Small felid conservation in an endangered ecosystem in Bolivia

Paola Micaela Nogales Ascarrunz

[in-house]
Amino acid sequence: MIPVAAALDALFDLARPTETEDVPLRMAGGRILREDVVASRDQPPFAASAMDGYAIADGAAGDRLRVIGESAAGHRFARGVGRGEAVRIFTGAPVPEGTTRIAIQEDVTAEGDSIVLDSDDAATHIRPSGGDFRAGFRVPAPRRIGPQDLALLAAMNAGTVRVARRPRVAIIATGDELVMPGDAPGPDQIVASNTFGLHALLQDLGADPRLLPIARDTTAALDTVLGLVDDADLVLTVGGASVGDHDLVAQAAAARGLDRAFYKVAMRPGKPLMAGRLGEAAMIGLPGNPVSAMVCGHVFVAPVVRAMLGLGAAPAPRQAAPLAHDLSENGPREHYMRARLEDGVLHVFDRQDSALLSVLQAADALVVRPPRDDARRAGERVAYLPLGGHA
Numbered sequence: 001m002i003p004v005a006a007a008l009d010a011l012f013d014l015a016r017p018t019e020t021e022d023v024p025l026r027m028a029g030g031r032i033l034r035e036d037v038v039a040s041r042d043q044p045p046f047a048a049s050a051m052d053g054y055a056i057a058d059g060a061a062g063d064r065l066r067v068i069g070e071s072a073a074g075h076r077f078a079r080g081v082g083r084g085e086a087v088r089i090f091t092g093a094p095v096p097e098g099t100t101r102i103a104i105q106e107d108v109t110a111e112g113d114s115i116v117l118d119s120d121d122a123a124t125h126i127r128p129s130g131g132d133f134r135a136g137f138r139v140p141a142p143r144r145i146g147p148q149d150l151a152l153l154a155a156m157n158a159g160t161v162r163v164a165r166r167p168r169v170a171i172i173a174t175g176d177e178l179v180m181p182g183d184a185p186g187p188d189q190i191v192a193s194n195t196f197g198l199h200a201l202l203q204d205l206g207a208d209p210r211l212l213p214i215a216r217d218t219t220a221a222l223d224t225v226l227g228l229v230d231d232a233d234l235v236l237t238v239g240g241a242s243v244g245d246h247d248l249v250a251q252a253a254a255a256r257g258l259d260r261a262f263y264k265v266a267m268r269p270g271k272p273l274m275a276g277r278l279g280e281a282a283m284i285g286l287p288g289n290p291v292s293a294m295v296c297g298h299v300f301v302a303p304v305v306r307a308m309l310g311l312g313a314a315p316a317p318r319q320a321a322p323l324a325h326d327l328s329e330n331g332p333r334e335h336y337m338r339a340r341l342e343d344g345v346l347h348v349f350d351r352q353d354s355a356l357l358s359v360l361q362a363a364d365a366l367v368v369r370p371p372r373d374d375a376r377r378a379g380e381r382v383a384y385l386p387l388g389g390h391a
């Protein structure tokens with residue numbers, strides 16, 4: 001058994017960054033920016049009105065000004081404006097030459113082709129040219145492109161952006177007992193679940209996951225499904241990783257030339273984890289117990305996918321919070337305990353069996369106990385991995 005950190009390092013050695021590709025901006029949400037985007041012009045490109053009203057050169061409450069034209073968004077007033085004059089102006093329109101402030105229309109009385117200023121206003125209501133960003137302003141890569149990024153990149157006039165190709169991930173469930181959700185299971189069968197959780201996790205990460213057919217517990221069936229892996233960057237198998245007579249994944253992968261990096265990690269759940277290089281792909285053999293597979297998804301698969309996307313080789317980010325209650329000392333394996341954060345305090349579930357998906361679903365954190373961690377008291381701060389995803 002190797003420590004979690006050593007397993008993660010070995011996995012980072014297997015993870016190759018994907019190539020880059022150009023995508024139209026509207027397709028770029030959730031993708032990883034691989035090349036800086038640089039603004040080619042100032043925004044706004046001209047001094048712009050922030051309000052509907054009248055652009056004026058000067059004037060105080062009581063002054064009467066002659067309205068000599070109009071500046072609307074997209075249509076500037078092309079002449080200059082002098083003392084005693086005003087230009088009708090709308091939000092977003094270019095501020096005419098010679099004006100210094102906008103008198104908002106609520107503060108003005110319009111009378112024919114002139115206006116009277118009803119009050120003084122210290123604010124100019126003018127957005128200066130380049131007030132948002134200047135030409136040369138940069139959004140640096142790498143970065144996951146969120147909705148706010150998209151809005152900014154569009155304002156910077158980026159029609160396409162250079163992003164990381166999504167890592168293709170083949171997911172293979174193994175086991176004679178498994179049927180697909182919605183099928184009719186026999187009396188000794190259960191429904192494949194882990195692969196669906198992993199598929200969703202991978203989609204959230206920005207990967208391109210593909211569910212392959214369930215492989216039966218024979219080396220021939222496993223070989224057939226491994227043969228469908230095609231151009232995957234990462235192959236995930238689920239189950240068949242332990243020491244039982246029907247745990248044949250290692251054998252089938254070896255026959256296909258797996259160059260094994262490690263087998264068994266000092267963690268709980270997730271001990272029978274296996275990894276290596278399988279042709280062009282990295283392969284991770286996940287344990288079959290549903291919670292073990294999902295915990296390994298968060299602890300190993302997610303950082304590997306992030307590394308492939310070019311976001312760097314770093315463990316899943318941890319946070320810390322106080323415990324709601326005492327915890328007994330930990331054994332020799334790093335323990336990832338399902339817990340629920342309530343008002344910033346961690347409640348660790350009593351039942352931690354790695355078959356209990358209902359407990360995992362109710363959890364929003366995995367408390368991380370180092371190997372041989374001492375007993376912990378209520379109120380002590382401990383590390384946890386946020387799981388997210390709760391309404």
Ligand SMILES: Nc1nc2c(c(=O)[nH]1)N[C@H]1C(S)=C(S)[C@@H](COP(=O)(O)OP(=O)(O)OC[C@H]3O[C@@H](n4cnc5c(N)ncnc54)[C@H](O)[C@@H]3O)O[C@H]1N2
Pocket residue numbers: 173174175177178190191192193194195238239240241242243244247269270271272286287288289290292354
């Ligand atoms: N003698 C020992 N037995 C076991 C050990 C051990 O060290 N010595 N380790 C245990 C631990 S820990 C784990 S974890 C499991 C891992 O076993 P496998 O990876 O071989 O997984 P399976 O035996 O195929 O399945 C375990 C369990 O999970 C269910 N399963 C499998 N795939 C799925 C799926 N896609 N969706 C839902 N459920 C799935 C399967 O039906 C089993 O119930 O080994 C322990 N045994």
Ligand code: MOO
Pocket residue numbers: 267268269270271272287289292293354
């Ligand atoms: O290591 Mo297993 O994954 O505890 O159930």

Worldwide, the information on small felids compared to larger felids species is limited. In Bolivia, seven species of small felids are registered, and there is a possibility that the southern tiger cat Leopardus guttulus is present although is not officially registered. Official information about L. guttulus presence is important to take conservation actions and to contribute to the conservation of small felids in Bolivia. This study will take place in the Chiquitania-dry-forest, an endangered ecosystem that suffered wildfires across more than five million hectares in 2019. Since hunting is one of the major threats for small felids, we will conduct semi-structured interviews in 11 indigenous communities to collect new information about small felid hunting, including conflicts and traditional uses. The main results will generate a guidebook, including local methods to mitigate conflicts, and informative posters about sustainable alternatives, which will be explained through workshops in five main communities. Finally, we will detect the presence of L. guttulus in this area by collecting environmental DNA from artificial water holes and conducting real-time-PCR analysis. The information about the presence of L. guttulus in this area will be used as a baseline to promote its inclusion in national conservation action plans.